[Steve Charnovitz is Associate Professor of Law at GW Law]
Economic Foundations of International Law is an introduction to and reference work on the economic approach to analyzing and understanding international law. The book seeks to summarize and highlight the existing literature and to provide an intellectual framework for future scholarship. In my view, this book succeeds in its purposes.
The book is to be commended for its synoptic coverage of the entire spectrum of public international law. While some interesting topics are underemphasized (e.g., constitutional issues of international law), the book covers issues that I had not expected (e.g., such as exchange rate manipulation). I like the way that the issue of the intersection between international law and domestic law is included as one chapter in Part II "General Aspects of International Law" and the way in which the authors include a Part V on "international economic law" although I would have been happier to see a definition of that term. The authors included the law of the sea chapter in the same part as their strong chapter on international environmental law, even though some parts of maritime law could have been placed under Traditional Public International Law.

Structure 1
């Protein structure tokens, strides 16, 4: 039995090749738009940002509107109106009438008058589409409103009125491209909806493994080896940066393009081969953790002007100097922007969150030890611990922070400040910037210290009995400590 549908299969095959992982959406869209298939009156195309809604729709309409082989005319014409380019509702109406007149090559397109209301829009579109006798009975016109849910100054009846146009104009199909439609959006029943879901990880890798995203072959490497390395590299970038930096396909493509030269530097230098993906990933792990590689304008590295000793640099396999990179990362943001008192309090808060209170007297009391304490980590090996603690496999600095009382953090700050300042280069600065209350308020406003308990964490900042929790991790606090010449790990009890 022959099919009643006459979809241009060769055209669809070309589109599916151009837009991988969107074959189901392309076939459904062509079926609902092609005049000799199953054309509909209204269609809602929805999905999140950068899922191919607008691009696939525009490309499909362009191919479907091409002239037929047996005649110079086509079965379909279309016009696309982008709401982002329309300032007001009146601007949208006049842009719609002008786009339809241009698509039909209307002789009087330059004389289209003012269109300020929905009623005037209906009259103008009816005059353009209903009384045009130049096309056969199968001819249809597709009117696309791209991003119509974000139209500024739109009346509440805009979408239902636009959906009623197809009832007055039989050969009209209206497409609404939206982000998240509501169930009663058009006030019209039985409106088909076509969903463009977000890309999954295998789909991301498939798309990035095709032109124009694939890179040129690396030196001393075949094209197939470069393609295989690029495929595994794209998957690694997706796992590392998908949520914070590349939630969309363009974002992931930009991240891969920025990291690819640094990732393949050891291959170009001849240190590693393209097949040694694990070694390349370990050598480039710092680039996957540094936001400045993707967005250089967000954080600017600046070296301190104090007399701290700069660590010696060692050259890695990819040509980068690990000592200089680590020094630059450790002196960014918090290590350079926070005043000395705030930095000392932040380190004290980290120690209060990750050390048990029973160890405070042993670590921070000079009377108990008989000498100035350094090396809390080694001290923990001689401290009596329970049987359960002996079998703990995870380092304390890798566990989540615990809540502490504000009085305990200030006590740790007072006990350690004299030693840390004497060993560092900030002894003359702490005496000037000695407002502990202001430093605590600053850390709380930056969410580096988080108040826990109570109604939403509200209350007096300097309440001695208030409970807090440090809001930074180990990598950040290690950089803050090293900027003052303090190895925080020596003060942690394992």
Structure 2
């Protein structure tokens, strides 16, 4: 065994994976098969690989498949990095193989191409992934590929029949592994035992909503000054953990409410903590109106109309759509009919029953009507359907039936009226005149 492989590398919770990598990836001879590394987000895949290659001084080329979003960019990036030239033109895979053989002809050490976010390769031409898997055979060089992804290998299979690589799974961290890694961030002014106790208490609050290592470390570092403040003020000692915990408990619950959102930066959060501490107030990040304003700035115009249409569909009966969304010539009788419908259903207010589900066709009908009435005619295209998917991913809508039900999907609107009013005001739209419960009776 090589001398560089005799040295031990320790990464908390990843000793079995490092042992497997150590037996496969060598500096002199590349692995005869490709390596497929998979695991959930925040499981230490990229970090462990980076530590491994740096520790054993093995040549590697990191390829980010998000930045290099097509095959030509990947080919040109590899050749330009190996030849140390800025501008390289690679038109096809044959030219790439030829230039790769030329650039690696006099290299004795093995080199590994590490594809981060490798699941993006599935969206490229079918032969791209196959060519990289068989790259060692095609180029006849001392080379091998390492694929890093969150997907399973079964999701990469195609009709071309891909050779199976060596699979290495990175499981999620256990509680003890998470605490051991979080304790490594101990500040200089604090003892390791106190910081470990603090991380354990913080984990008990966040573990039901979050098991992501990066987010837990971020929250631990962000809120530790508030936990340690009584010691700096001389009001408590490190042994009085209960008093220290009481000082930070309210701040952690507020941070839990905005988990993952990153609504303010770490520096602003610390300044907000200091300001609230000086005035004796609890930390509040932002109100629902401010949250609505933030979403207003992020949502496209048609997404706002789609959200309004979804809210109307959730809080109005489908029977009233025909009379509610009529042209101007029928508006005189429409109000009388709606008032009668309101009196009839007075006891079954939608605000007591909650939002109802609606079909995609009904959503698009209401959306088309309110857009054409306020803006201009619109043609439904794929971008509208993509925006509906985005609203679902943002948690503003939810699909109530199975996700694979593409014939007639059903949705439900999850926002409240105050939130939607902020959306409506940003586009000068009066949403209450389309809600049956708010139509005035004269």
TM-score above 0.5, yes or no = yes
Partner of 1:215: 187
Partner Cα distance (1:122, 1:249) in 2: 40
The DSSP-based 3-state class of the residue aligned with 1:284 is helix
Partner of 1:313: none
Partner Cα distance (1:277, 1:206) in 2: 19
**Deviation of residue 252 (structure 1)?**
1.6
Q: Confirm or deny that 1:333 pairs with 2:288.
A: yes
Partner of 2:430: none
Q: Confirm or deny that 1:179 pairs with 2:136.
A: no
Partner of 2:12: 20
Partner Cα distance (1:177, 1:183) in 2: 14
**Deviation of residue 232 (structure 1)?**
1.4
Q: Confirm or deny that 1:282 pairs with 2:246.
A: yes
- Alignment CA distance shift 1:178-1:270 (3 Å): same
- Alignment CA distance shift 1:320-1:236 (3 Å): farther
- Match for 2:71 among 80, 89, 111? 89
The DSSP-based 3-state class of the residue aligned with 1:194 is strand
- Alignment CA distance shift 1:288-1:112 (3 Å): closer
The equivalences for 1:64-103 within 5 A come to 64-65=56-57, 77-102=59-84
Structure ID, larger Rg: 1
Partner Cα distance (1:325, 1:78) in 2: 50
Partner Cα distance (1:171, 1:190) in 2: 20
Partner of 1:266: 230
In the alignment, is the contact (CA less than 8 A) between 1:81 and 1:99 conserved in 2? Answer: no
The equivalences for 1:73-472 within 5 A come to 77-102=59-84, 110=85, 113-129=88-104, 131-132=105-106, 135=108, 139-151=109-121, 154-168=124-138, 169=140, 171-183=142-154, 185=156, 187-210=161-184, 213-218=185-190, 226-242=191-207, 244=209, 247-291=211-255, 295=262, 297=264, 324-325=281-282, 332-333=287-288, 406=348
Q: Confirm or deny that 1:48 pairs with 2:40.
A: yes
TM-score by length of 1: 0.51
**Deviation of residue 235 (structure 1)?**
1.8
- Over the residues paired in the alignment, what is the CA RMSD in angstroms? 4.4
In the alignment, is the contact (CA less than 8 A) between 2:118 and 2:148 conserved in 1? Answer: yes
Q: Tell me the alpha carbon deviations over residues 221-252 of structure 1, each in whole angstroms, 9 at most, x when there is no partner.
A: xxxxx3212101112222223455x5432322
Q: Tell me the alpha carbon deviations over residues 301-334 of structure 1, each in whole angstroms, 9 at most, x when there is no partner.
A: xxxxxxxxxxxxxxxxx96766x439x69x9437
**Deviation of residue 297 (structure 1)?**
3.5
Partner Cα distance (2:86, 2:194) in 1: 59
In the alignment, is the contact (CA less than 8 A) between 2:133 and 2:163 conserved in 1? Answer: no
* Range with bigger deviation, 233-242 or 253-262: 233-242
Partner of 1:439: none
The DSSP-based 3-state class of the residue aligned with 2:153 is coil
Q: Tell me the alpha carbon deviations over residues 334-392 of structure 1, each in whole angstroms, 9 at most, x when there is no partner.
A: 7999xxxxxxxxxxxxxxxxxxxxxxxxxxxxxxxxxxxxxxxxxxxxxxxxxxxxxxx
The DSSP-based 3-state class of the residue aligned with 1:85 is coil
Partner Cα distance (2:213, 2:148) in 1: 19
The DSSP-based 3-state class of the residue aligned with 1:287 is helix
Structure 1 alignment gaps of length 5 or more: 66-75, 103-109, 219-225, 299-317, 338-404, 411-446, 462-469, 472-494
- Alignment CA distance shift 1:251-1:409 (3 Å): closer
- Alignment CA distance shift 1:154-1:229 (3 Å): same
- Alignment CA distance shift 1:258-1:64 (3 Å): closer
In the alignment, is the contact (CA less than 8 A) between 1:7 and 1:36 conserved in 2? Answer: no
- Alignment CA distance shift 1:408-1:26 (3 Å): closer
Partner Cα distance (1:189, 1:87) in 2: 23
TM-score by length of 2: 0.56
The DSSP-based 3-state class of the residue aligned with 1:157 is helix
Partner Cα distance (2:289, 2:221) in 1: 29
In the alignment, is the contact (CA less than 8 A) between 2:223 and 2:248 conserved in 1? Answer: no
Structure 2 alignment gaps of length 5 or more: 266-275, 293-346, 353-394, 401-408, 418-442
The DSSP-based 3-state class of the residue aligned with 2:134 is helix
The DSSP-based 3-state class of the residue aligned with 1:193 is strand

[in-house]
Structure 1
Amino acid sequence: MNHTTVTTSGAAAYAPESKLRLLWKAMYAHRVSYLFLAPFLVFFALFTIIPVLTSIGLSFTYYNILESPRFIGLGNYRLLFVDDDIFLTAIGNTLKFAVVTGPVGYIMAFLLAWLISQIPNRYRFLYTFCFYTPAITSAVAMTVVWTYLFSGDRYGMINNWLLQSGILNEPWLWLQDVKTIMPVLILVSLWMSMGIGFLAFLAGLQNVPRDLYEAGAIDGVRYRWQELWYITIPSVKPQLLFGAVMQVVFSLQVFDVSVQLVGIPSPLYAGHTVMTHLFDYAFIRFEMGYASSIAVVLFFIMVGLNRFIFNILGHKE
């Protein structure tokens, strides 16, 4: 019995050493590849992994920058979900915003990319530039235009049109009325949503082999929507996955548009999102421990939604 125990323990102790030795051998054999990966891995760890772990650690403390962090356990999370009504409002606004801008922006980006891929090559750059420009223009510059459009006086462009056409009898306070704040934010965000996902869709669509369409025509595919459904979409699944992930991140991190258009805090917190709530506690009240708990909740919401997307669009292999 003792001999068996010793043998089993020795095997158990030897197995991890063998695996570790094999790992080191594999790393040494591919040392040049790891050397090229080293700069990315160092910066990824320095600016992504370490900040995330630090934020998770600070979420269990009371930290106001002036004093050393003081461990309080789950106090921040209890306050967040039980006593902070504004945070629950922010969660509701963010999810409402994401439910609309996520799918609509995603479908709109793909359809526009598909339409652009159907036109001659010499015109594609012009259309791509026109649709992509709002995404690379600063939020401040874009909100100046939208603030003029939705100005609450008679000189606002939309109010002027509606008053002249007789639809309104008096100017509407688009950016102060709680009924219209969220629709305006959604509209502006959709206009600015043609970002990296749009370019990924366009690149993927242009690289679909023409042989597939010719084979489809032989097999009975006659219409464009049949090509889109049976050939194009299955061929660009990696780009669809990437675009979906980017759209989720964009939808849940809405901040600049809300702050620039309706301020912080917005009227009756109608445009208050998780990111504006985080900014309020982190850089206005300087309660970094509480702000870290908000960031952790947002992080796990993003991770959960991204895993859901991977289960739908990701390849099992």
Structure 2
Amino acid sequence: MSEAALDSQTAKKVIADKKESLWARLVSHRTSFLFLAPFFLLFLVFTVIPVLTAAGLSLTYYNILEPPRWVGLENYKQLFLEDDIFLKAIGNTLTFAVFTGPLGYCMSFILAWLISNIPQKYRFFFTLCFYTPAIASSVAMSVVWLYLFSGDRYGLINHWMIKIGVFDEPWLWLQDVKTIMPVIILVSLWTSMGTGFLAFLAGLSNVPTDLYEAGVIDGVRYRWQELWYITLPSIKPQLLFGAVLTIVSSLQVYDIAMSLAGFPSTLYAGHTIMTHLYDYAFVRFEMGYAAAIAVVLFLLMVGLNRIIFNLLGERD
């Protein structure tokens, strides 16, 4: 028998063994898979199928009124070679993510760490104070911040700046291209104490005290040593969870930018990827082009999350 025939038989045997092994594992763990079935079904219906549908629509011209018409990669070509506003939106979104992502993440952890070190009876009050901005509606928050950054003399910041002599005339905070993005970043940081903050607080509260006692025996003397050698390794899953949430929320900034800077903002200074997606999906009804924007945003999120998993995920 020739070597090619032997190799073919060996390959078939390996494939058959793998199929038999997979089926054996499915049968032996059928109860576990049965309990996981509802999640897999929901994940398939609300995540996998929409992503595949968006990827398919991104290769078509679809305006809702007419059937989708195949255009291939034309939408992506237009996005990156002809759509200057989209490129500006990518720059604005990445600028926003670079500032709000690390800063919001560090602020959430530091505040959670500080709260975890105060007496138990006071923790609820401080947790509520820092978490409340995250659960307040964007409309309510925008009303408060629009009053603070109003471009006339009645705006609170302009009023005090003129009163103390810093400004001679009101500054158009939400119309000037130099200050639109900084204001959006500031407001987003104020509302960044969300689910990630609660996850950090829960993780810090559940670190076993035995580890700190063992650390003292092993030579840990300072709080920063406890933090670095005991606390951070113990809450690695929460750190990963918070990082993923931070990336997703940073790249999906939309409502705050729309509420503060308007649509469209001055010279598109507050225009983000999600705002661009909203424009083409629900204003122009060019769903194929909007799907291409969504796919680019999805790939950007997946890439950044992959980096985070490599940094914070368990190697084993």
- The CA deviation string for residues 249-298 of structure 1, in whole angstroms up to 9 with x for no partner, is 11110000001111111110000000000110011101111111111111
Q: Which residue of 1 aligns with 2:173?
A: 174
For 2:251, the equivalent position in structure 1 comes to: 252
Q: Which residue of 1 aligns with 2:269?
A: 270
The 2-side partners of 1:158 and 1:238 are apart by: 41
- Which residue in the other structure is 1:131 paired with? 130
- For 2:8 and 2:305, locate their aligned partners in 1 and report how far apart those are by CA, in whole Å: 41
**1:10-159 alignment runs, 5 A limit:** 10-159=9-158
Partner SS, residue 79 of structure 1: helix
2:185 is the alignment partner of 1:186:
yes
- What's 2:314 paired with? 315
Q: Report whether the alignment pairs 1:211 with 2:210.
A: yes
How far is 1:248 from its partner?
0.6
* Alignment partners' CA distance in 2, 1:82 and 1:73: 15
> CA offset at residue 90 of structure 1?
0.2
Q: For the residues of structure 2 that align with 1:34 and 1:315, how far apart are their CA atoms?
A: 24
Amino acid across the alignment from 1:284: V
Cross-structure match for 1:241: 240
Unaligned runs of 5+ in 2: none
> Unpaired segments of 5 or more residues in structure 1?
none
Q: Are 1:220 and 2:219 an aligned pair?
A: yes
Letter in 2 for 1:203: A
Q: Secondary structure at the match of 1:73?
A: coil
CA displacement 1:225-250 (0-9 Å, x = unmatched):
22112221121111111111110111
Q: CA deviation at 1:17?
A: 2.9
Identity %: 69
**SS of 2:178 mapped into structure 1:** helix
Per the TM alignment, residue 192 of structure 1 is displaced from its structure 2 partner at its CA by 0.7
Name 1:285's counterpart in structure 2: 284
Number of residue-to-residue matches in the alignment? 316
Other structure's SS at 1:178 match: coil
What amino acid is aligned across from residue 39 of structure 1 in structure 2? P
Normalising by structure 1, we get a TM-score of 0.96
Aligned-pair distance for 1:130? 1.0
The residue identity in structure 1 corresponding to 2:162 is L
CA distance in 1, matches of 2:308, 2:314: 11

In any event, the broad scope of the book in itself enables the authors to achieve their purpose of providing a valuable reference work on public international law. Although the book includes an index and a moderate amount of footnotes, the authors missed an opportunity to present a bibliography of sources so that one can see the whole of the body of literature that the authors seek to promote. The book also suffers in not presenting a conclusion.
Let me now address a few substantive weaknesses:
[Steve Charnovitz is an associate professor of law at The George Washington University Law School. He blogs at the International Economic Law and Policy Blog.]
On October 31, 2008, I made a presentation at the ASIL’s Tillar House of a proposal for an “International Court of Justice Decisions Implementation Act.” My proposal is an outgrowth of my essay in the Agora...